Once upon a time, mental health issues were rarely discussed, but in light of many high-profile criminal acts, those discussions are gaining acceptance. Mental health is considered an entirely different entity than physical health, but research increasingly shows that integrating the two could result in some fairly substantial benefits.
How Would Your PCP Treat Mental Health?
We’re all used to our doctor taking our weight, measuring our blood pressure, and asking us to open up and say “ahh.” Mental health is rarely addressed, but if it were, you’d be asked questions pertaining not only to diet, exercise and lifestyle choices, but also regarding your mental state. Behavioral health counseling would become a routine component of your physical health care and would allow you to manage your own medication use, nutrition and exercise. As great as this sounds, there would be many obstacles to overcome before your primary care physician could reasonably be expected to address your mental well-being.
Simply expecting your doctor to rattle off a series of questions fails to take into account all that is required behind the scenes, everything from billing and coding to electronic medical records systems and care management platforms…not to mention the fact that your PCP would need to have a thorough understanding of behavioral health clinic guidelines and standards of care, and in-depth knowledge of the various social support services available to patients within the community. Not all doctors are comfortable with the idea of integrating mental health care into their practices; doing so would require a steep learning curve for everything from assessments and diagnoses to medications and treatments, and the cost wouldn’t be cheap.
This doesn’t mean integration is impossible or shouldn’t be attempted; it’s an important and admirable goal with many potential long-term benefits. We would have to focus on overcoming roadblocks that include:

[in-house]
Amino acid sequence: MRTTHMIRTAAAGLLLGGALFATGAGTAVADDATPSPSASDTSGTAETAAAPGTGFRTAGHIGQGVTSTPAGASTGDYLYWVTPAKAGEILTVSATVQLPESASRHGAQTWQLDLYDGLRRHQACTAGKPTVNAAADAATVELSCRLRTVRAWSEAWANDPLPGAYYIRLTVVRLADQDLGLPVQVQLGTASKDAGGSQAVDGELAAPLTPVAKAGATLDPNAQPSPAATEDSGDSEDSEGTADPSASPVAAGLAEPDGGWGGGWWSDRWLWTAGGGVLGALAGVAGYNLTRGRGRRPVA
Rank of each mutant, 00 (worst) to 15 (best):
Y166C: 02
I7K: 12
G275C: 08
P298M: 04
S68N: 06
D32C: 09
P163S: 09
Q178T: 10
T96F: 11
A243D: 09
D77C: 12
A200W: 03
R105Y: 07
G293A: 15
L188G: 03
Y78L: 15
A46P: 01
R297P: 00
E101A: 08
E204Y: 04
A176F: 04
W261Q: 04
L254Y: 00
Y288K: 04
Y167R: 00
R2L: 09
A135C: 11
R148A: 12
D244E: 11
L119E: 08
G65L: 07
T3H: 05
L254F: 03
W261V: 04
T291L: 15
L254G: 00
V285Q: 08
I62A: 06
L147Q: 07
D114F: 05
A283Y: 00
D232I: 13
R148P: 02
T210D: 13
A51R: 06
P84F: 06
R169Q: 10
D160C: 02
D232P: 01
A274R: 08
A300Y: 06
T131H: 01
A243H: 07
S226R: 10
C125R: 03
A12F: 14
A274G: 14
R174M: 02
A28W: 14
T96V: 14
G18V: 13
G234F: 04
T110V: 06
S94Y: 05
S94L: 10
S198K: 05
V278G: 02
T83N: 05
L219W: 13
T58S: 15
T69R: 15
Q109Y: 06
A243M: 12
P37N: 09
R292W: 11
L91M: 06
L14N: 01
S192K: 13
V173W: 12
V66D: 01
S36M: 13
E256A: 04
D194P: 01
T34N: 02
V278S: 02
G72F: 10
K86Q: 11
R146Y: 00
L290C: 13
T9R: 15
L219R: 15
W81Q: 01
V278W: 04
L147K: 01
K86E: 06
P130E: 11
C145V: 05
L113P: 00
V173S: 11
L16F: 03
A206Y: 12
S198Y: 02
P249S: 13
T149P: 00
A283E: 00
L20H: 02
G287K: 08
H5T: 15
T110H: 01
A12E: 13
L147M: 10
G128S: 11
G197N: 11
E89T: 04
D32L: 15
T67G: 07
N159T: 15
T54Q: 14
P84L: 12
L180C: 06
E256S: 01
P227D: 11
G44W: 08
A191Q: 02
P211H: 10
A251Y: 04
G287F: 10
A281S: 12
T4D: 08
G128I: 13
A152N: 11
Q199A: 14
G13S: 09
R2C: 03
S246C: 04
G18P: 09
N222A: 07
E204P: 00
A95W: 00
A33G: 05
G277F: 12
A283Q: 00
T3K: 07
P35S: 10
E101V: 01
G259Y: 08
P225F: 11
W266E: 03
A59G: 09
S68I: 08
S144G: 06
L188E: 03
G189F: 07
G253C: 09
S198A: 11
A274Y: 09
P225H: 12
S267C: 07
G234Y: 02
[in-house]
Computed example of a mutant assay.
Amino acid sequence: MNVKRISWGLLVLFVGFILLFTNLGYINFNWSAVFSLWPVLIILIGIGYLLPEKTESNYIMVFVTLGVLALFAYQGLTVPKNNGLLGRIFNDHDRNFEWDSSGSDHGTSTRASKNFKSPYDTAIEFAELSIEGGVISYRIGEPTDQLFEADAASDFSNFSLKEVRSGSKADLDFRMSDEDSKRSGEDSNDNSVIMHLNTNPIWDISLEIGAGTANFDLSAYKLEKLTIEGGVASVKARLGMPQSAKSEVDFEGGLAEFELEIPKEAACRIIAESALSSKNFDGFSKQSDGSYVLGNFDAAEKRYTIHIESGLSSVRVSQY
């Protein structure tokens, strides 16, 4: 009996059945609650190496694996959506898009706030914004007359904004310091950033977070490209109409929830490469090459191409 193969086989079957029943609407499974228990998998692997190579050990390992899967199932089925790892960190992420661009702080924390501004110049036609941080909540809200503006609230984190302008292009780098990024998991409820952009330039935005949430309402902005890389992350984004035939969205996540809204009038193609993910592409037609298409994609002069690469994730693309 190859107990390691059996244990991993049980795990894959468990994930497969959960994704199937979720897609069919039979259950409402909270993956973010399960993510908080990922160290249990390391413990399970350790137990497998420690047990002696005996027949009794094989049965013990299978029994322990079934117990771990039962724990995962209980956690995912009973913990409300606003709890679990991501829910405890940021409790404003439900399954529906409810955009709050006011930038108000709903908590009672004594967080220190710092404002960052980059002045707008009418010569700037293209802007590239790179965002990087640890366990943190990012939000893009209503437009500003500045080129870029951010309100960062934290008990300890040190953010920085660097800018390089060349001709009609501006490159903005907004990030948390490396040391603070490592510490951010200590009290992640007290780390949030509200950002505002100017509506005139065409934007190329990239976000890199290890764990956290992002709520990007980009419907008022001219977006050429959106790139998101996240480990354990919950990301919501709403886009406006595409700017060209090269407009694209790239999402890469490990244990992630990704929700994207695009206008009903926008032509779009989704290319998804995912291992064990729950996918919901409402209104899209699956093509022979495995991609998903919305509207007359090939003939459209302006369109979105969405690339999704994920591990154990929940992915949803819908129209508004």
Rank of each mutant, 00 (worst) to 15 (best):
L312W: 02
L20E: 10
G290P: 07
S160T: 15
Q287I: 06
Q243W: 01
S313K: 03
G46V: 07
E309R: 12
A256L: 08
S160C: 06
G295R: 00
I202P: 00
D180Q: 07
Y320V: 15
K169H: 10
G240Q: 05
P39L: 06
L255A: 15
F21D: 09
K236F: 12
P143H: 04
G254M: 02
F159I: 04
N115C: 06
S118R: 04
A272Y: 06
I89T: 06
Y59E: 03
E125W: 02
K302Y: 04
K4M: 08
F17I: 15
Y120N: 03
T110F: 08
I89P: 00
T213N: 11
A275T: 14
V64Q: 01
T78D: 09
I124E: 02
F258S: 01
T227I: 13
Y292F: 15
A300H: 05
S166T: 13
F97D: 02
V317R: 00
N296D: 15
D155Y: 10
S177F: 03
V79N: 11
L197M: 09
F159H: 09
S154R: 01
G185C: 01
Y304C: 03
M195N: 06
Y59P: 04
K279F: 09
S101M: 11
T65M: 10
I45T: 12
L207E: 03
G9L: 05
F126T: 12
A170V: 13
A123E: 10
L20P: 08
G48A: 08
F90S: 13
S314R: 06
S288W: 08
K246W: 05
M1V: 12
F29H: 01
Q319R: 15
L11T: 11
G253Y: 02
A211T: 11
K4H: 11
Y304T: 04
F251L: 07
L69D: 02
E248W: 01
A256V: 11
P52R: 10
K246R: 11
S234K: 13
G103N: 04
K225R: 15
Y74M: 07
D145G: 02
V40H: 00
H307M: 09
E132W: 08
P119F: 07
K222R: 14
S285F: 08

- As the nation’s healthcare system evolves, incentives—especially financial—for integrating mental health into primary care are needed to encourage providers to adopt new patient care models. In New York, the state’s Office of Mental Health is creating incentive structures for primary care providers to utilize the Collaborative Care Medicaid Program, which helps offset the costs involved in behavioral healthcare.
- Participation in financial programs such as New York’s is subject to a number of rules and regulations. Practices must meet certain goals and commit to using patient registries in order to receive the best rates. The startup costs alone for putting in place the necessary infrastructure make it a difficult sell for many smaller practices.
- Lack of empowerment. Many primary care providers are resistant to change because they simply aren’t aware of how beneficial integrating mental health care into their practices could prove. Educating them and providing technical assistance can help shift their attitude toward a more pro-behavioral health stance.
Integrating mental health care into primary care practices won’t happen overnight. Getting there will take work, but the benefits are too good to ignore.